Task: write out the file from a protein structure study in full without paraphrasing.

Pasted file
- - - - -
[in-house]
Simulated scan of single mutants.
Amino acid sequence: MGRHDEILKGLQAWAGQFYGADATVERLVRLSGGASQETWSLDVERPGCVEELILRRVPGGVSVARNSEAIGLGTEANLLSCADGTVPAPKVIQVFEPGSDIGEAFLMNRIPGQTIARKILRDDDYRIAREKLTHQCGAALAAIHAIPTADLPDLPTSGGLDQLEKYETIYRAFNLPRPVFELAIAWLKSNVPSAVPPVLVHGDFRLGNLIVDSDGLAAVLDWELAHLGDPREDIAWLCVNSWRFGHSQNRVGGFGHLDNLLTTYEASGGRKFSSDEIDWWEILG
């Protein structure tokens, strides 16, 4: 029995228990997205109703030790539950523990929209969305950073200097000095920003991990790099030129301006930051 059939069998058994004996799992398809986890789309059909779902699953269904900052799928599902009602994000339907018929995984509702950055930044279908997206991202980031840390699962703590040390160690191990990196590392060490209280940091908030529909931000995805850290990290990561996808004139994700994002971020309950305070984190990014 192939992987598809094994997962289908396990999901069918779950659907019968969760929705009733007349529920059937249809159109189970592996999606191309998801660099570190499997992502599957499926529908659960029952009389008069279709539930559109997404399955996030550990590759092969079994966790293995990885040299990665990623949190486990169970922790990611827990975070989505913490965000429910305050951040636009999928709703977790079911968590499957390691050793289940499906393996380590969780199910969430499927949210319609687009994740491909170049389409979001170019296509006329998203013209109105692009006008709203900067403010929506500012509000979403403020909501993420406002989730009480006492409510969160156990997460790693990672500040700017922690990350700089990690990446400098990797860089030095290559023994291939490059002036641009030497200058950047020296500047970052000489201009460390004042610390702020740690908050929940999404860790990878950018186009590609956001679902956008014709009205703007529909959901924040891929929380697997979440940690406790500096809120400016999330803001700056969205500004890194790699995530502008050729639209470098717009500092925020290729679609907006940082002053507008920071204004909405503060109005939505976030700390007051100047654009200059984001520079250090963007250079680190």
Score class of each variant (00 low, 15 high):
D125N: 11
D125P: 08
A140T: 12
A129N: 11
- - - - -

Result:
[in-house]
Simulated scan of single mutants.
Amino acid sequence: MGRHDEILKGLQAWAGQFYGADATVERLVRLSGGASQETWSLDVERPGCVEELILRRVPGGVSVARNSEAIGLGTEANLLSCADGTVPAPKVIQVFEPGSDIGEAFLMNRIPGQTIARKILRDDDYRIAREKLTHQCGAALAAIHAIPTADLPDLPTSGGLDQLEKYETIYRAFNLPRPVFELAIAWLKSNVPSAVPPVLVHGDFRLGNLIVDSDGLAAVLDWELAHLGDPREDIAWLCVNSWRFGHSQNRVGGFGHLDNLLTTYEASGGRKFSSDEIDWWEILG
């Protein structure tokens, strides 16, 4: 029995228990997205109703030790539950523990929209969305950073200097000095920003991990790099030129301006930051 059939069998058994004996799992398809986890789309059909779902699953269904900052799928599902009602994000339907018929995984509702950055930044279908997206991202980031840390699962703590040390160690191990990196590392060490209280940091908030529909931000995805850290990290990561996808004139994700994002971020309950305070984190990014 192939992987598809094994997962289908396990999901069918779950659907019968969760929705009733007349529920059937249809159109189970592996999606191309998801660099570190499997992502599957499926529908659960029952009389008069279709539930559109997404399955996030550990590759092969079994966790293995990885040299990665990623949190486990169970922790990611827990975070989505913490965000429910305050951040636009999928709703977790079911968590499957390691050793289940499906393996380590969780199910969430499927949210319609687009994740491909170049389409979001170019296509006329998203013209109105692009006008709203900067403010929506500012509000979403403020909501993420406002989730009480006492409510969160156990997460790693990672500040700017922690990350700089990690990446400098990797860089030095290559023994291939490059002036641009030497200058950047020296500047970052000489201009460390004042610390702020740690908050929940999404860790990878950018186009590609956001679902956008014709009205703007529909959901924040891929929380697997979440940690406790500096809120400016999330803001700056969205500004890194790699995530502008050729639209470098717009500092925020290729679609907006940082002053507008920071204004909405503060109005939505976030700390007051100047654009200059984001520079250090963007250079680190």
Score class of each variant (00 low, 15 high):
D125N: 11
D125P: 08
A140T: 12
A129N: 11